The Fountain Theater in Los Angeles presented a gripping performance of the Aaron Posner play, “My Name is Asher Lev.” It is the story of a Hasidic Jewish teenage boy in Brooklyn post World War II determined to be a painter in the face of his father’s religious disapproval. Adapted for the stage based on a novel by Chiam Potok, the script lays out plenty of opportunities for actors to flex their artistic muscles. The ensemble cast of three did just that.
Anna Khaja as Rivkeh, Asher’s mother, and Joel Polis as Aryeh, the father, beautifully explored the love, pride, and hurt that follow growth and change in family members. Each member of the Lev family evolves through the struggle to reconcile individuality with family and religious identity. Khaja and Polis seized key moments in the story to bring Rivkeh and Aryeh vividly to life. Love for their characters permeated their performances and made the underlying tension in the family more potent and relatable. I felt for each of the characters because I came to love them as the performers did.
As truly remarkable as Khaja and Polis were, it was Jason Karasev as Asher Lev who captured our attention from the first moment of the play and held it firmly in his hand until he released it back to us at the final fade to black. He helped us relive Asher’s life with all of Asher’s conviction, power, and obsession for truth-telling. It was Asher’s story, and Karasev stood out of the way and let Asher do the talking. Asher’s fight for survival, insisting on the wholeness he felt could only come from his art, will likely be recognizable to passionate artists of all types. With natural pacing, and boundless physical and psychic energy, he commanded the stage, set and props, propelling the story forward. This made it all the more compelling in those moments where emotion paralyzed Asher and he could only stand and tell us because showing us might be too much. And near the end of the show, just when you though he had squeezed out of Asher and the audience all our remaining emotion, Karasev and the cast together hit us with one last round. And then they released us.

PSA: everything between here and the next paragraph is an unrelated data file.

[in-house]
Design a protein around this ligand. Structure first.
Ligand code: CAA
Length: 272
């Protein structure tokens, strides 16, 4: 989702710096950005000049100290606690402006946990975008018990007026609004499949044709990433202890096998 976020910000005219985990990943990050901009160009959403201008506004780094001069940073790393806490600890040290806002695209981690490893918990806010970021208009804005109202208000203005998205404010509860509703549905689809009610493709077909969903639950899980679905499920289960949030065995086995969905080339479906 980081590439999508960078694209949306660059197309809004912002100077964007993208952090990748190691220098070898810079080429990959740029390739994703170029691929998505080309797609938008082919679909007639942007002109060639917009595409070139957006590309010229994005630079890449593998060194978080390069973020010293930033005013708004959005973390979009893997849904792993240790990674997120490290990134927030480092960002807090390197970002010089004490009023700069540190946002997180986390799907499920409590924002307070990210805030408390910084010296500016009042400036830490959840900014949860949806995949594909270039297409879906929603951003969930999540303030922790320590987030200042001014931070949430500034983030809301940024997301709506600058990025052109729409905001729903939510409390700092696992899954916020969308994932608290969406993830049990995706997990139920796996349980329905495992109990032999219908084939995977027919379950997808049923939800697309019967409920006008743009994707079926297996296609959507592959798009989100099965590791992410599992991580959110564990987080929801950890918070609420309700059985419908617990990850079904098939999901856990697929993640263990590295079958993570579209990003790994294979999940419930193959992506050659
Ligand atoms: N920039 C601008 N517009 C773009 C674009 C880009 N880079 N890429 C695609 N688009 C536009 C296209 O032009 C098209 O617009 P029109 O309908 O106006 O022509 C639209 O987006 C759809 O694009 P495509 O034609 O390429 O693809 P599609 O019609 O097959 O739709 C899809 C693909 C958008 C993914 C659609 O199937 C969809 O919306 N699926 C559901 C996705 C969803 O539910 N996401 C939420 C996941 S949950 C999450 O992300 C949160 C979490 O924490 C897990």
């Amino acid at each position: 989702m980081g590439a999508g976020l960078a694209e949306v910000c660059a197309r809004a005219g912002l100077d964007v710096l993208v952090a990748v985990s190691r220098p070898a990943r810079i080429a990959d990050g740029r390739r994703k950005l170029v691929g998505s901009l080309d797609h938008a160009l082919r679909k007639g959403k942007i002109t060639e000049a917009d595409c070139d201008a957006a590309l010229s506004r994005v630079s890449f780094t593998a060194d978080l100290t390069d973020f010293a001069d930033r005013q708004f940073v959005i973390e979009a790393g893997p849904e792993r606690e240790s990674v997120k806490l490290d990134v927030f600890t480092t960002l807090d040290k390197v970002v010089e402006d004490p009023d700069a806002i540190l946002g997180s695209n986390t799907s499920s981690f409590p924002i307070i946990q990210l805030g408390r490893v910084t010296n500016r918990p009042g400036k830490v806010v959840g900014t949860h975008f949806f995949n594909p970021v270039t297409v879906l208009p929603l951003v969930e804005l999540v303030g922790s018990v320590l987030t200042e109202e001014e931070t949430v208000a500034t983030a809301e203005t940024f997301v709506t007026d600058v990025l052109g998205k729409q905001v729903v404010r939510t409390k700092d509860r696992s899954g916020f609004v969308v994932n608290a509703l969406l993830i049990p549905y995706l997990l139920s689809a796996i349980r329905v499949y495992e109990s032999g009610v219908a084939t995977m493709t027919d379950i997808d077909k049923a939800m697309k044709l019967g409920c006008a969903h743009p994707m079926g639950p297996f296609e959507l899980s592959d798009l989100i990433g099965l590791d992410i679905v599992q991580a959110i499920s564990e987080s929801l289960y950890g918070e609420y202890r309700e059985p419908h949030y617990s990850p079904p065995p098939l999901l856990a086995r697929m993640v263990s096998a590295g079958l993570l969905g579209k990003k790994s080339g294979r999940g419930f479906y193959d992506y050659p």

I highly recommend this show* for the performances. Khaja, Polis and Karasev were magnificent throughout. The author does take some shortcuts in order to fit some of the story into a 2 hour show, but that didn’t detract from the overall experience. The actors took advantage of the story setups that resulted and delivered compelling moment after moment that made for a beautiful and worthwhile show. And based on what I saw in this show, I hope we will be seeing more performances with Jason Karasev.
*Be advised that there is some partial nudity in the show.